ROME – After receiving a letter from staff who work with sick children receiving treatment at Rome’s Gemelli Hospital, where he’s recovering from abdominal surgery, Pope Francis thanked medical personnel working with the kids for their service amid suffering.

In a letter dated June 10 and addressed to the personnel of the Child Neuropsychiatry and Pediatric Neurological wards of the Gemelli hospital, the pope said he received their letter the day before, and “I thank you from the heart.”

“Every day, being in contact with sick little ones, who, as you have written, often ‘you see fly away,’ you experience the trauma that suffering causes in people’s lives which unfortunately also affects the dearest loved ones,” he said.

Francis called the staff “witnesses of life, as well as death,” saying they are thus “called to give comfort and relief in the last moments, accompanying these little ‘angels’ to the threshold of their encounter with the Lord.”

“Because of your dedication, you are among the ‘Saints next door.’ You are images of the ‘field hospital’ Church, which continues to carry out the mission of Jesus Christ, who is close and heals suffering people of all kinds and who bends over to wash the feet of his disciples,” he said.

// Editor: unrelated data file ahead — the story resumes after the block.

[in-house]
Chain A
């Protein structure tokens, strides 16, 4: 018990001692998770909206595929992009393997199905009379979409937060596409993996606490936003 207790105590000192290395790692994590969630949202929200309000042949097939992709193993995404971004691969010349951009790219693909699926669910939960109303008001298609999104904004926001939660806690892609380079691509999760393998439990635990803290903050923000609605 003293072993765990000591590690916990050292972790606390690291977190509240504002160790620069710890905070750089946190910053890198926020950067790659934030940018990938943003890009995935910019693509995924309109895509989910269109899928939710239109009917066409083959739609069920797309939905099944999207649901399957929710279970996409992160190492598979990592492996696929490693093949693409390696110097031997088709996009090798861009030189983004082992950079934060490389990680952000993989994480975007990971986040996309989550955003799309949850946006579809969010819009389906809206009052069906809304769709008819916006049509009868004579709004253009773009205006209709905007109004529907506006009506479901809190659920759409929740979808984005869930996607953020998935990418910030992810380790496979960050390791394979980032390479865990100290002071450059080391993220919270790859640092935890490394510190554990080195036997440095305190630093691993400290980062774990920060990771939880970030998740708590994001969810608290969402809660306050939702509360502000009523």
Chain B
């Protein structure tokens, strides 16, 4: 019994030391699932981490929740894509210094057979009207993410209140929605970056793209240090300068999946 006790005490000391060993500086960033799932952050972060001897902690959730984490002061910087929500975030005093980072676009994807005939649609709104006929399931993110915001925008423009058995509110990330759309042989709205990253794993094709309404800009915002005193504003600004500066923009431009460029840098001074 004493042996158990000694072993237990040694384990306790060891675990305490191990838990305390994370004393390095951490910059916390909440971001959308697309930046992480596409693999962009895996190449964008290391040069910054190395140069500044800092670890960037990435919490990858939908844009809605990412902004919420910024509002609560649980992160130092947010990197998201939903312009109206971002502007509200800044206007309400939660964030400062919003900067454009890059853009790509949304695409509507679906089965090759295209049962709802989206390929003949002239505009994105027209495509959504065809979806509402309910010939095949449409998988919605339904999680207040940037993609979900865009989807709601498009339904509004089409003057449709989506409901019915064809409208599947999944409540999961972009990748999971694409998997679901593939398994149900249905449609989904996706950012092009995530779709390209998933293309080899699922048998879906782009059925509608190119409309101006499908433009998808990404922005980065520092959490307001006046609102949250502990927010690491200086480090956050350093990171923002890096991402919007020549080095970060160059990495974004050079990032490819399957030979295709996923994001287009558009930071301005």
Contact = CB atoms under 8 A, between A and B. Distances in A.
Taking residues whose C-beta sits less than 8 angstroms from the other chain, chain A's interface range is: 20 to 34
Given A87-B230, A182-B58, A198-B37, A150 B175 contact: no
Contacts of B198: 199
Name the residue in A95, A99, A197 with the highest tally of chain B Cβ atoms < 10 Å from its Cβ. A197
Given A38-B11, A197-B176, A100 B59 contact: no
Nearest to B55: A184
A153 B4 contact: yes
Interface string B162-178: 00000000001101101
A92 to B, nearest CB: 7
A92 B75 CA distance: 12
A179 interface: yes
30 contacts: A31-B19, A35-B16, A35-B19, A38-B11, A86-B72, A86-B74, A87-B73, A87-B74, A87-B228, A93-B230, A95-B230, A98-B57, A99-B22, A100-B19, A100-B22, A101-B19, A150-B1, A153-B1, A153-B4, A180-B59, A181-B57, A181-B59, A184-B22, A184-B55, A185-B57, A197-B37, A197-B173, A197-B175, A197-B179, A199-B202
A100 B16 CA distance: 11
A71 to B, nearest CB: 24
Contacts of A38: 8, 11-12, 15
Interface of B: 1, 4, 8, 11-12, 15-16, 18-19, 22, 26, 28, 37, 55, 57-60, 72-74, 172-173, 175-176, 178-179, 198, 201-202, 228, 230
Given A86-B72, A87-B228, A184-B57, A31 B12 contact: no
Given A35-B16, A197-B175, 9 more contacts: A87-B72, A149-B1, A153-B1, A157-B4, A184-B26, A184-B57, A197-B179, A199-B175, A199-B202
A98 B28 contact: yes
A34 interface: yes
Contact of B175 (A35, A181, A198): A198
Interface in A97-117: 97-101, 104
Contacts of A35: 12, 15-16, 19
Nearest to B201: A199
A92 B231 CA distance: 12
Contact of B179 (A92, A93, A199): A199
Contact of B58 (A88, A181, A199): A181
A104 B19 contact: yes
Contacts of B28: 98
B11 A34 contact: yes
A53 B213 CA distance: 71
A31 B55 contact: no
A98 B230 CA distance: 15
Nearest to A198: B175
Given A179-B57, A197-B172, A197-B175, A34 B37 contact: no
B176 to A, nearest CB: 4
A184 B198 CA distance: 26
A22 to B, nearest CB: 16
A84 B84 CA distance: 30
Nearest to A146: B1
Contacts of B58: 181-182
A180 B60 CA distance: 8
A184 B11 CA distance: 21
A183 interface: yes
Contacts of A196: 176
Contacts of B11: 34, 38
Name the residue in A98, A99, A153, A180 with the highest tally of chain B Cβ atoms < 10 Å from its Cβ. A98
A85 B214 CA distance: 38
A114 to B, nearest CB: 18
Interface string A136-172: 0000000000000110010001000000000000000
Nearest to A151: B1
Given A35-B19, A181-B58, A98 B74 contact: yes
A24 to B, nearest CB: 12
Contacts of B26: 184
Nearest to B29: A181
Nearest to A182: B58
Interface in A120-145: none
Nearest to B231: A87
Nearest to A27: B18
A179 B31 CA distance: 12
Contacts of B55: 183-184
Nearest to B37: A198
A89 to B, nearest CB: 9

He closed his letter urging the medical staff to always be “Good Samaritans who take care of the life and pain of others. And continue to cultivate the culture of closeness and tenderness.”

Pope Francis was admitted to Gemelli Hospital June 7 following his weekly general audience to undergo surgery on an abdominal hernia at the incision point of a previous surgery, which was causing him progressive pain and discomfort.

Doctors have provided daily medical bulletins in which they report that the pontiff is recovering well and maintaining a semi-liquid diet and has resumed some work activities.

However, to prevent unnecessary strain on his abdomen, the pope skipped his weekly Sunday Angelus address, and he has been advised by doctors to stay through the entire week to allow “optimal” recovery before heading back to the Vatican and resuming his busy schedule.

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In a statement Sunday afternoon, the Vatican reported that Pope Francis’s post-op recovery “is regular” and that he is stable with no fever.

Francis underwent respiratory therapy Sunday morning and continued to move around inside his room, the Vatican said, saying the pontiff in the course of the morning “followed the Holy Mass on live television and received the Eucharist.”

“He then went to the little chapel of the private apartment, where he gathered in prayer for the recitation of the Angelus,” the Vatican said, adding that the pope then lunched with the medical personnel assisting him in his recovery.

On Sunday afternoon, the Vatican said, Pope Francis “was able to take a few steps” and spent his time working, “interspersed with rest and prayer.”

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